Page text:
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Census case will show how much Chief Justice Roberts cares about judicial impartiality

Census case will show how much Chief Justice Roberts cares about judicial impartiality
President Trump shakes hands with Chief Justice John G. Roberts Jr. before his State of the Union address on Feb. 28, 2017. (Jim Lo Scalzo / AFP/Getty Images)

To the editor: It has been said that Chief Justice John G. Roberts Jr. cares greatly about the reputation of the U.S. Supreme Court as a nonpartisan branch of government. All that concern will be for naught if he votes to allow the citizenship question to be added to the 2020 census.

We know that Secretary of Commerce Wilbur Ross, who oversees the census, is not being honest when he says the purpose of including a citizenship question is to better enforce the Voting Rights Act.

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If Roberts votes with the Trump administration, he will join his fellow Republicans on the court in thinking that helping his party gain seats in Congress is more important than upholding fairness.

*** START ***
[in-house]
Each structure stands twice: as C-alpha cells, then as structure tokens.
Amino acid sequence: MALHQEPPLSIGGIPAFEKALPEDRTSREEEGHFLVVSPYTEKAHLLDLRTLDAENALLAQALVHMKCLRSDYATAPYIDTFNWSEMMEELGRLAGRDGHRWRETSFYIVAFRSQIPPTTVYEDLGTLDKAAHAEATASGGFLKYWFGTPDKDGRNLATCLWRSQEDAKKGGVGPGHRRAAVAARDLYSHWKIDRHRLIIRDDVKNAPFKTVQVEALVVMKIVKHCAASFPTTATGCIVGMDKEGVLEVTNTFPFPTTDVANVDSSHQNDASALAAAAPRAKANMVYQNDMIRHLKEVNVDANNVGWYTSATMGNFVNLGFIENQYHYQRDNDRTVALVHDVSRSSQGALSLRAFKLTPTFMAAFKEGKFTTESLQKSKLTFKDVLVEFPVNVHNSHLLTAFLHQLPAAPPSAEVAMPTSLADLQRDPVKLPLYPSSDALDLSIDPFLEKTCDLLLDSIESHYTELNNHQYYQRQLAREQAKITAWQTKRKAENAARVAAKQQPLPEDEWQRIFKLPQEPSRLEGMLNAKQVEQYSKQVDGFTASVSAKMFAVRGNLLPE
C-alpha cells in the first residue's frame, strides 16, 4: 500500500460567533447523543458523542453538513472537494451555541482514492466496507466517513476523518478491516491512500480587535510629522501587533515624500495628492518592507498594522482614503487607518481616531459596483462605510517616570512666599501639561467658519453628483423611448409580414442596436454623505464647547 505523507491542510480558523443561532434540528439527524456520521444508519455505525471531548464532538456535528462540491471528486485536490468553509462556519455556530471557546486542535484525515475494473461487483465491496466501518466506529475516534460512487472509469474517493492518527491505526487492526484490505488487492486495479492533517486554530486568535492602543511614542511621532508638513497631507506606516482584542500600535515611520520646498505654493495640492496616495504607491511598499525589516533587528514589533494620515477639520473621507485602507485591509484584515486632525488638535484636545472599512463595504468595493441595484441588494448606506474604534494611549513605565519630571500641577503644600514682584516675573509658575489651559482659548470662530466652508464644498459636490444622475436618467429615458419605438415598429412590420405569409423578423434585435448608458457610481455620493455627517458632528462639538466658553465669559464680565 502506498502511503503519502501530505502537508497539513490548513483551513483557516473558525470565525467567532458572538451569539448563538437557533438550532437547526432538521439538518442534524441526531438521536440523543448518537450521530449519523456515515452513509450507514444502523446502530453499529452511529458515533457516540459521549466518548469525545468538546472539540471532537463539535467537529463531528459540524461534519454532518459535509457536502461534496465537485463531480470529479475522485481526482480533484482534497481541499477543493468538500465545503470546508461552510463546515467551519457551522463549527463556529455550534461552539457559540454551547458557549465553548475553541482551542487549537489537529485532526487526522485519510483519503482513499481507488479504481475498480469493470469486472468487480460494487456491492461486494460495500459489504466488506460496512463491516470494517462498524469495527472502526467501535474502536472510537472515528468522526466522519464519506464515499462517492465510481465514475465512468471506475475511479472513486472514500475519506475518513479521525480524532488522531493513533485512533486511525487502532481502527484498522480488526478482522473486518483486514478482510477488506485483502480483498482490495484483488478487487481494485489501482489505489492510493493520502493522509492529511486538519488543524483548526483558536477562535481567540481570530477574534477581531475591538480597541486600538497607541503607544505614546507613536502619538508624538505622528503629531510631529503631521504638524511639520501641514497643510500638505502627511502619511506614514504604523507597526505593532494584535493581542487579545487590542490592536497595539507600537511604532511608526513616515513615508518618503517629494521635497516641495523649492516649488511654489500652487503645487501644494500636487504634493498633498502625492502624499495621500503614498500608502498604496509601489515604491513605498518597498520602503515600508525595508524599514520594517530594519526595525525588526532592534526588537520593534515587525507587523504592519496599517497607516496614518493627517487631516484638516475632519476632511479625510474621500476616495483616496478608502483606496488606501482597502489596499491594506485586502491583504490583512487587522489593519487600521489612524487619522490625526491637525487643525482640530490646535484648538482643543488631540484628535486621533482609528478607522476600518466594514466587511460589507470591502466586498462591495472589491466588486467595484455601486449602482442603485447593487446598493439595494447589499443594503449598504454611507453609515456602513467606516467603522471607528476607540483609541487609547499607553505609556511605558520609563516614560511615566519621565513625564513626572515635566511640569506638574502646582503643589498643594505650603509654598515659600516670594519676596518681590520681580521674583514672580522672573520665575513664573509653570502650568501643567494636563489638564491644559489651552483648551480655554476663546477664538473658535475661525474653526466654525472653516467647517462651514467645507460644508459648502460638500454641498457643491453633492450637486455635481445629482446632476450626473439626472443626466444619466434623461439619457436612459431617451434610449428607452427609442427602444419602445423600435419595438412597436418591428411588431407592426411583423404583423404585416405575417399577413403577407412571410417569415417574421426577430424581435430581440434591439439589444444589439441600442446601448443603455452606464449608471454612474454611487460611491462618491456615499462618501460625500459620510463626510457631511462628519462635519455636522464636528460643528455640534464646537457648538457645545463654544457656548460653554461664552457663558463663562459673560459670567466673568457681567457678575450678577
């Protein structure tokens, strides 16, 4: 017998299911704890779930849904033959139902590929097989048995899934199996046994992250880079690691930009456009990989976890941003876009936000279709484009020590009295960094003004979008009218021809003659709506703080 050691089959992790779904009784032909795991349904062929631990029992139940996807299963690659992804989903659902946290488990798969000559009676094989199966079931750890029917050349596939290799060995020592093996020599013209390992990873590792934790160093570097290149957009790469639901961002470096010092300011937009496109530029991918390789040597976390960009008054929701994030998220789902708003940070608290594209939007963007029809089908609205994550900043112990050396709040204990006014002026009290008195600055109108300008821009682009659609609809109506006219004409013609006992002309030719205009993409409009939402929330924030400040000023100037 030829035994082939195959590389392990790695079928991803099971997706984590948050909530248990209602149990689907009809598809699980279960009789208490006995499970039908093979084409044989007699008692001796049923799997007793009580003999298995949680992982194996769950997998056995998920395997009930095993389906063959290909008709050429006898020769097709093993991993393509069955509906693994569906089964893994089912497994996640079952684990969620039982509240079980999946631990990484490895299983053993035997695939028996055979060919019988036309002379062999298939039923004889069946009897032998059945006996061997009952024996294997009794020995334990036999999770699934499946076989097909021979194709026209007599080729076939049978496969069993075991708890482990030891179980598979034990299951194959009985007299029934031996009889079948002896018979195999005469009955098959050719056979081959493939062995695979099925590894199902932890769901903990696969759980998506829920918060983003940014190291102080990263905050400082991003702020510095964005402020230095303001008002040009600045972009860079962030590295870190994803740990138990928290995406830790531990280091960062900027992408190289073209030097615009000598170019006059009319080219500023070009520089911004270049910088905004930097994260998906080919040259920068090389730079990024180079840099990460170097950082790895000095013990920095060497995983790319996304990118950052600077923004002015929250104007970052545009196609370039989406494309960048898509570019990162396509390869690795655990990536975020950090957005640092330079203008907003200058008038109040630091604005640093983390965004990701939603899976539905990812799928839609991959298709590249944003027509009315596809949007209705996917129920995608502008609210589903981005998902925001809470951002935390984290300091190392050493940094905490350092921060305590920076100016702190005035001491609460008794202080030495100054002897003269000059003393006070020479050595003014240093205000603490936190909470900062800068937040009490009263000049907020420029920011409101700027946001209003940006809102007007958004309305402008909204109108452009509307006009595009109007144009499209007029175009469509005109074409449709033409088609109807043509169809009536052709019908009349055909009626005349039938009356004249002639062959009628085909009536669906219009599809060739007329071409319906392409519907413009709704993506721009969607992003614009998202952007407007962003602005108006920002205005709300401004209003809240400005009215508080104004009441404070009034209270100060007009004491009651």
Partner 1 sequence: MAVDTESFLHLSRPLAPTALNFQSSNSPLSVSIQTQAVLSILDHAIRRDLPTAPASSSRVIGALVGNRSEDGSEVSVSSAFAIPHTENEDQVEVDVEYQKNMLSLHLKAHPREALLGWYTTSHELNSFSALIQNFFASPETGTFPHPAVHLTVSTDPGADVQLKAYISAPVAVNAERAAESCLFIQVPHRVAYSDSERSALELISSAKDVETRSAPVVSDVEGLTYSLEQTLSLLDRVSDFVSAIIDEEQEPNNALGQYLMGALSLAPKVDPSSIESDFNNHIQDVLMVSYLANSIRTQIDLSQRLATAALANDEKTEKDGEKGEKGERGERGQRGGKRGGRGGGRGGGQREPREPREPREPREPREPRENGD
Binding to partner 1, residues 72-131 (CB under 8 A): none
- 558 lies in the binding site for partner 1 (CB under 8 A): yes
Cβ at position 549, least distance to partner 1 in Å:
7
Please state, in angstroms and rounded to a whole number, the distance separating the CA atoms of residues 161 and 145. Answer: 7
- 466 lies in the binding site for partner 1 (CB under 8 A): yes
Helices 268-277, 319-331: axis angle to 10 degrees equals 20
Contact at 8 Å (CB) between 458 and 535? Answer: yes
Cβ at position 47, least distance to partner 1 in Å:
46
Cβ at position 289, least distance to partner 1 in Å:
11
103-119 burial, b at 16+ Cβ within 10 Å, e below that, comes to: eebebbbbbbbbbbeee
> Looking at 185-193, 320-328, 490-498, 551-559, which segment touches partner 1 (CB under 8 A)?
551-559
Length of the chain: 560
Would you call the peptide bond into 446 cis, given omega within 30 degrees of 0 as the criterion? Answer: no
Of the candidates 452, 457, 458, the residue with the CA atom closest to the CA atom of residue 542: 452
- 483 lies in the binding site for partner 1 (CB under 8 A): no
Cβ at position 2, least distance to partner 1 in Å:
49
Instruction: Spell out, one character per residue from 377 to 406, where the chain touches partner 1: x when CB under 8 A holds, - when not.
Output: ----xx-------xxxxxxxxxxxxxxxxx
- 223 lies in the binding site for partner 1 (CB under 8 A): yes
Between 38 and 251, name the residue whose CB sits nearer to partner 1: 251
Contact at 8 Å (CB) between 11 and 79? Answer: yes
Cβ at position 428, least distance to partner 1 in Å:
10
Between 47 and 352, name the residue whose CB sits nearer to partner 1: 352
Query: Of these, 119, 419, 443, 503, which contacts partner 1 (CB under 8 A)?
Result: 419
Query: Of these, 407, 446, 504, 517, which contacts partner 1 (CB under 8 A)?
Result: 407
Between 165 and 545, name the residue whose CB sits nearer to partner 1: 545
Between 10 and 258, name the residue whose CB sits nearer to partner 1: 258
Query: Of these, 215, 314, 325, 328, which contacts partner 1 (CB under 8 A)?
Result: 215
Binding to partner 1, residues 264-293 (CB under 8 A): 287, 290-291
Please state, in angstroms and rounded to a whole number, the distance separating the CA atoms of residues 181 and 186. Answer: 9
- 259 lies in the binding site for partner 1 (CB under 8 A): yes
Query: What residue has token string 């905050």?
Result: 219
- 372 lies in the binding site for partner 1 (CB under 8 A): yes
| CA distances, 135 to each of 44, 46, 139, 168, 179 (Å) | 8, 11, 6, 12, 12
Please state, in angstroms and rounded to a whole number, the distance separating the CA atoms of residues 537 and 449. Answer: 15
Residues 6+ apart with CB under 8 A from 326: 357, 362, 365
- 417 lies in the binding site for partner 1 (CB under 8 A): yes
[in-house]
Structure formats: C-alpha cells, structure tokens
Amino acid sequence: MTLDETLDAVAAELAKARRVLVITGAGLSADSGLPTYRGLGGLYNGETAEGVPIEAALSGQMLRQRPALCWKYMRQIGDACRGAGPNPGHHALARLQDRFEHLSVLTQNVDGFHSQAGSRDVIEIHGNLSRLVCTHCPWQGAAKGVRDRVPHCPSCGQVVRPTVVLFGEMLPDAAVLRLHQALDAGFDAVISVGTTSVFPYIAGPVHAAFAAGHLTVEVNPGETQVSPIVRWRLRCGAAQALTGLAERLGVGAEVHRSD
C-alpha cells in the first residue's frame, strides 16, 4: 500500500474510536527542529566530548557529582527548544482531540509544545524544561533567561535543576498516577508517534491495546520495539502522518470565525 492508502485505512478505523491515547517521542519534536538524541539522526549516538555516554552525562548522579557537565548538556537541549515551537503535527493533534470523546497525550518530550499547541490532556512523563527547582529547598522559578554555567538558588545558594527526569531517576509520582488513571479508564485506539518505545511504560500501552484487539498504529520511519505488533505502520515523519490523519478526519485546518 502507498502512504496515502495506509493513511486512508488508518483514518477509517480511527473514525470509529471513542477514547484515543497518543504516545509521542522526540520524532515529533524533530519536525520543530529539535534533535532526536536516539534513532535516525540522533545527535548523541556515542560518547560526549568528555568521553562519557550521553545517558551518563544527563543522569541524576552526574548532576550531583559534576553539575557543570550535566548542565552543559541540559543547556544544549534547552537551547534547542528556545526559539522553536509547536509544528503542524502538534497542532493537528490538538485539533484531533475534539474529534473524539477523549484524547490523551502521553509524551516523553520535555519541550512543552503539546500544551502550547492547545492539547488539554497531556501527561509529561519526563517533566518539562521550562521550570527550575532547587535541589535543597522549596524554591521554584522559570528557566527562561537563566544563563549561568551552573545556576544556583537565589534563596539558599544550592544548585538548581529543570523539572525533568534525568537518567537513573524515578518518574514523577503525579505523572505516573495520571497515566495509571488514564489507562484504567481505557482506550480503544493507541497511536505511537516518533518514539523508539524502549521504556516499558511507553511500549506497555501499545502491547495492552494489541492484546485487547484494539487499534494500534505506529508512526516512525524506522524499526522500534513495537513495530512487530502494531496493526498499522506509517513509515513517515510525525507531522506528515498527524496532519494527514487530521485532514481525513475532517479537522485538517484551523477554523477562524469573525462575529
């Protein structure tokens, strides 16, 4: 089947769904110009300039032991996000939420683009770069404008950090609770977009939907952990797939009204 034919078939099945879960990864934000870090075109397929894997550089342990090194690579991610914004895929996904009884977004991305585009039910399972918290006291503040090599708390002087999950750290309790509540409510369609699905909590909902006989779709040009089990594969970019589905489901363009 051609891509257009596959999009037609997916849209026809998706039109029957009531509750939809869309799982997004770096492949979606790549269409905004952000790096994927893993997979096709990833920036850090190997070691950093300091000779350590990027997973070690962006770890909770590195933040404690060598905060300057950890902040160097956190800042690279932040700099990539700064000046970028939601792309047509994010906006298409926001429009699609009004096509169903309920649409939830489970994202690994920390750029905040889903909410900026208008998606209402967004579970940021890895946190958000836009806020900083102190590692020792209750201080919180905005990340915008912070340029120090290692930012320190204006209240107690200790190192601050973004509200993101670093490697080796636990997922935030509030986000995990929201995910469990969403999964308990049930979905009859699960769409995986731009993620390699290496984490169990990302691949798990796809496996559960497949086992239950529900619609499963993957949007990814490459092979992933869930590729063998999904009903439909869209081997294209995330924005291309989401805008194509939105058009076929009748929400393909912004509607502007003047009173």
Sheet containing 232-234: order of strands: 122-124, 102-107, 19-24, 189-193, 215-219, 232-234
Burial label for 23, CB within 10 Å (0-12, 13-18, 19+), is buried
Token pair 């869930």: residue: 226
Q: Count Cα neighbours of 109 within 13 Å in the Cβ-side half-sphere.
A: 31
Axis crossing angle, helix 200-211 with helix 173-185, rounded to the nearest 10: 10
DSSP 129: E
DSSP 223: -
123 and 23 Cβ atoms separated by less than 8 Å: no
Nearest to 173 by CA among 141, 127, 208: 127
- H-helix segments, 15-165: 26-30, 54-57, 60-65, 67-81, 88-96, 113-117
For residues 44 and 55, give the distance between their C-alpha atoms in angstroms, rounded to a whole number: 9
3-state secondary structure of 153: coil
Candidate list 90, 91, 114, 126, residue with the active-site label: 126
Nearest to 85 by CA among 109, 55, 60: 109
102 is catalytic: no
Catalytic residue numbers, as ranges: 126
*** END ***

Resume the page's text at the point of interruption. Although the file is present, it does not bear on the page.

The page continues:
Alex Magdaleno, Camarillo

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To the editor: In an editorial about migrants (no paperwork), the L.A. Times uses “immigrant” five times with no mention of migrants.

Immigrants arrive here with paperwork and religiously follow all the rules to keep the avenues open to eventually apply for citizenship. Migrants avoid paperwork.

Mixing migrants and immigrants together makes any rational discussion impossible — which is precisely what the Democrats want as urban areas balloon in migrant population, requiring more districts that elect Democratic representatives.

Bob Munson, Newbury Park

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To the editor: California and other blue states should start a media campaign to urge everyone, regardless of citizenship, to refuse to answer a citizenship question on the census.

While it might be a federal crime to refuse to answer part of the census, prominent Republicans (including then-Sen. Trent Lott and then-presidential candidate George W. Bush prior to the 2000 count) have historically urged people to not answer questions they found intrusive.

We need to start the “just leave it blank” movement now.

Randall Gellens, San Diego

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